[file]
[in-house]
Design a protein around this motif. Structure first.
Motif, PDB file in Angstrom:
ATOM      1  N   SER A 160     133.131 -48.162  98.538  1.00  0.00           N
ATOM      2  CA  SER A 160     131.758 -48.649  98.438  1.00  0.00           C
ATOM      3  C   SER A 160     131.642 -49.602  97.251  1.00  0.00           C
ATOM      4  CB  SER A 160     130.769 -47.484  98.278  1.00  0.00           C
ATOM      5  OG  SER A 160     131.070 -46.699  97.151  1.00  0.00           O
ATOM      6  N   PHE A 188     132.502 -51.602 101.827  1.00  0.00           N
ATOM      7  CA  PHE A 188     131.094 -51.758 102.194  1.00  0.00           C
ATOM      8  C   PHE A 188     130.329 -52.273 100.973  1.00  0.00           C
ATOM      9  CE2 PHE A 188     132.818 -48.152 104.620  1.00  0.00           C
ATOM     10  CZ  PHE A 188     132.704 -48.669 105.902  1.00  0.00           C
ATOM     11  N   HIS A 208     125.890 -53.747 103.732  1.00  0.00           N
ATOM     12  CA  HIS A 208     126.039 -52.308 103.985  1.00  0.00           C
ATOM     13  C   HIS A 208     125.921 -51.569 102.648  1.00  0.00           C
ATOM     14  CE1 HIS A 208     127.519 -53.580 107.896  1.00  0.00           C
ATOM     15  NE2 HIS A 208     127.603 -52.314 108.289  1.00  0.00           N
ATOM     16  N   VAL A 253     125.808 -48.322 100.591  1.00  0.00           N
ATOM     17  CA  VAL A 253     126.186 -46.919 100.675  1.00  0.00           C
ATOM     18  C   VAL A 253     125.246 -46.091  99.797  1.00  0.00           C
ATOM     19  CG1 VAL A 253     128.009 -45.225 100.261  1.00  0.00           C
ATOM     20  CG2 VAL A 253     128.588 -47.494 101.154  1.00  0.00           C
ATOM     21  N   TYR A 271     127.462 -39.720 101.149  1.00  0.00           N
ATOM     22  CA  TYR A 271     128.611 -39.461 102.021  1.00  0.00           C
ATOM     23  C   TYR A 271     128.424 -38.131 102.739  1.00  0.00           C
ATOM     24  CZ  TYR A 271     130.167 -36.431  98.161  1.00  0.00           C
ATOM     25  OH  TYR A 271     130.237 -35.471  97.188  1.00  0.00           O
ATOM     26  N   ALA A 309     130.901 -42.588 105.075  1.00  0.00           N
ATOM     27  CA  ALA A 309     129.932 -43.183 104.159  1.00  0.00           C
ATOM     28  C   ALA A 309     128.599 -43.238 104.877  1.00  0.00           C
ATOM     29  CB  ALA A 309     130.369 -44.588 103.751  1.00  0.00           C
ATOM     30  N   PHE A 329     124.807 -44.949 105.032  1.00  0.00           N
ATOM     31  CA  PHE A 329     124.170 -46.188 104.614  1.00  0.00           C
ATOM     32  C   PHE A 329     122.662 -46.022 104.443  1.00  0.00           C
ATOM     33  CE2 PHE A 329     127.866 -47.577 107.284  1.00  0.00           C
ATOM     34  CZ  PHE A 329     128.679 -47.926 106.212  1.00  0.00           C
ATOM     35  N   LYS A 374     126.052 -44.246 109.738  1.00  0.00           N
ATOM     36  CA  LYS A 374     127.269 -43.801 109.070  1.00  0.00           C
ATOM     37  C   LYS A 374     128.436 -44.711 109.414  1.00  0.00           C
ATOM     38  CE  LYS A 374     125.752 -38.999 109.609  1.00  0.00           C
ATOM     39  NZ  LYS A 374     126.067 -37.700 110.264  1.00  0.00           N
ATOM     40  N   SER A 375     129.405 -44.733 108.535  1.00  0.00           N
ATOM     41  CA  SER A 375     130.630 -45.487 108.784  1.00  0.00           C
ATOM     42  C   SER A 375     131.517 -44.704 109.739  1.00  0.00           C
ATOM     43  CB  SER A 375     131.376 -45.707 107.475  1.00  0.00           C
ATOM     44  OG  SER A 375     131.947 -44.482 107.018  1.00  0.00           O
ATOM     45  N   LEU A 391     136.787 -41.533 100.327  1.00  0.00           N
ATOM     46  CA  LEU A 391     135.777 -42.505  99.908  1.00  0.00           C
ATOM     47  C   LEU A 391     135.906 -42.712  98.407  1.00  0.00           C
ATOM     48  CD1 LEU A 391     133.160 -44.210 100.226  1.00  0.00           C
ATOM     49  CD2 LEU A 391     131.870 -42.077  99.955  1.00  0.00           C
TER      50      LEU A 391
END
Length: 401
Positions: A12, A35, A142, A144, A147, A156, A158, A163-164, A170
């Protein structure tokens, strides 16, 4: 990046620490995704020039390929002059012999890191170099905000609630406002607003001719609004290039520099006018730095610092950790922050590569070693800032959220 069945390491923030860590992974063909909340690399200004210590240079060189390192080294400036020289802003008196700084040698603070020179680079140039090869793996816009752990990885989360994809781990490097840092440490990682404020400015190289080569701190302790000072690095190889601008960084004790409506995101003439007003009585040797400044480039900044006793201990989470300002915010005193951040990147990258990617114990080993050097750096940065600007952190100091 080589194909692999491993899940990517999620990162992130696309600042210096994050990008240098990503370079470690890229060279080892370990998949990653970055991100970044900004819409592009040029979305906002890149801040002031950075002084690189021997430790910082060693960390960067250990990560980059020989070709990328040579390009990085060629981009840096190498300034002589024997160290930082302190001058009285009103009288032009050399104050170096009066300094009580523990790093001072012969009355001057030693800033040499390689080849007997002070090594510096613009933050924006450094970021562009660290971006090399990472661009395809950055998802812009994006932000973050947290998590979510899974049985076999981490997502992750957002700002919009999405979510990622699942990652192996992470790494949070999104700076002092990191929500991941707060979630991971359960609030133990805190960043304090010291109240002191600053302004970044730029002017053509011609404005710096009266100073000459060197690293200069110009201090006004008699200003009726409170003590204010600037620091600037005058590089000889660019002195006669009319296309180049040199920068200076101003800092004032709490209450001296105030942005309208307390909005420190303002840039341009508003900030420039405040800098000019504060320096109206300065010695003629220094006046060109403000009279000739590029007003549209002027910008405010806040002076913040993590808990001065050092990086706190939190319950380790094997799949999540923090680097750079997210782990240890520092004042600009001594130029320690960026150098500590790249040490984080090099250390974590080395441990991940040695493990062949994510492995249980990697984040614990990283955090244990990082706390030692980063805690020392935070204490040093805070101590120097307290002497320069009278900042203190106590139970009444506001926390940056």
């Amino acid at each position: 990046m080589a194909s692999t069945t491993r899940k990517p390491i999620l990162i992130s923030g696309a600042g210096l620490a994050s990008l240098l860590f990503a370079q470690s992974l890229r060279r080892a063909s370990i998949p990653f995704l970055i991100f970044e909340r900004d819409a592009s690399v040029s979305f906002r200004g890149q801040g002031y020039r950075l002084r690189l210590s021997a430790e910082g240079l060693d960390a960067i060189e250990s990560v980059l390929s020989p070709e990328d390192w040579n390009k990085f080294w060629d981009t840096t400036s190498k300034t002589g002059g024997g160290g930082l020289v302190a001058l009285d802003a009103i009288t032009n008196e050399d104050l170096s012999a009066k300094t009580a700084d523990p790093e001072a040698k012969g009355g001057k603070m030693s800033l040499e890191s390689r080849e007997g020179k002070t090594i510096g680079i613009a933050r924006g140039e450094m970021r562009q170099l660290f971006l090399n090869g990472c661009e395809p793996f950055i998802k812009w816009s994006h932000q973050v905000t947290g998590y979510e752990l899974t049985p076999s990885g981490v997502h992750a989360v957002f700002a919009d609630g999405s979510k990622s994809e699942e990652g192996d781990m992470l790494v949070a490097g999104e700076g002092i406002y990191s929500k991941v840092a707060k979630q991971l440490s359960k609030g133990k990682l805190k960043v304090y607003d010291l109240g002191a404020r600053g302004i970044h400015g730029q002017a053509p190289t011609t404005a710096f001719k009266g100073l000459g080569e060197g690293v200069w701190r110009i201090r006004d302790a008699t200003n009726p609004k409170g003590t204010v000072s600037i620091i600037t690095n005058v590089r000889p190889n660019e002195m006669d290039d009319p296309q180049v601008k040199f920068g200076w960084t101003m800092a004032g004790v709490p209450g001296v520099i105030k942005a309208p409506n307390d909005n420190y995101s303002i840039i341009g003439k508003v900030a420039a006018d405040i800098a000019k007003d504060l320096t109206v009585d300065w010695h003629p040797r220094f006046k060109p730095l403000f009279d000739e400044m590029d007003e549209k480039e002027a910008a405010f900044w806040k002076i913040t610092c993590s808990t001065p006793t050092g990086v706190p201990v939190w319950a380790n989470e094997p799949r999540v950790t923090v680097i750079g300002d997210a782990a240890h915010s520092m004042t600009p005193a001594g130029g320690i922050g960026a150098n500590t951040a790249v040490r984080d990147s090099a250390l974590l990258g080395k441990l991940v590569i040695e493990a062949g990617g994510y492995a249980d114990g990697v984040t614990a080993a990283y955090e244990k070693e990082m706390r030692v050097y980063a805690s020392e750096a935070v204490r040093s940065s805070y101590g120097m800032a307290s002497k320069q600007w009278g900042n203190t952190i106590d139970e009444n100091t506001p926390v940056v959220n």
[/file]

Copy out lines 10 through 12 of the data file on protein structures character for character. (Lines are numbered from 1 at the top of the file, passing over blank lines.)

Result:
ATOM      7  CA  PHE A 188     131.094 -51.758 102.194  1.00  0.00           C
ATOM      8  C   PHE A 188     130.329 -52.273 100.973  1.00  0.00           C
ATOM      9  CE2 PHE A 188     132.818 -48.152 104.620  1.00  0.00           C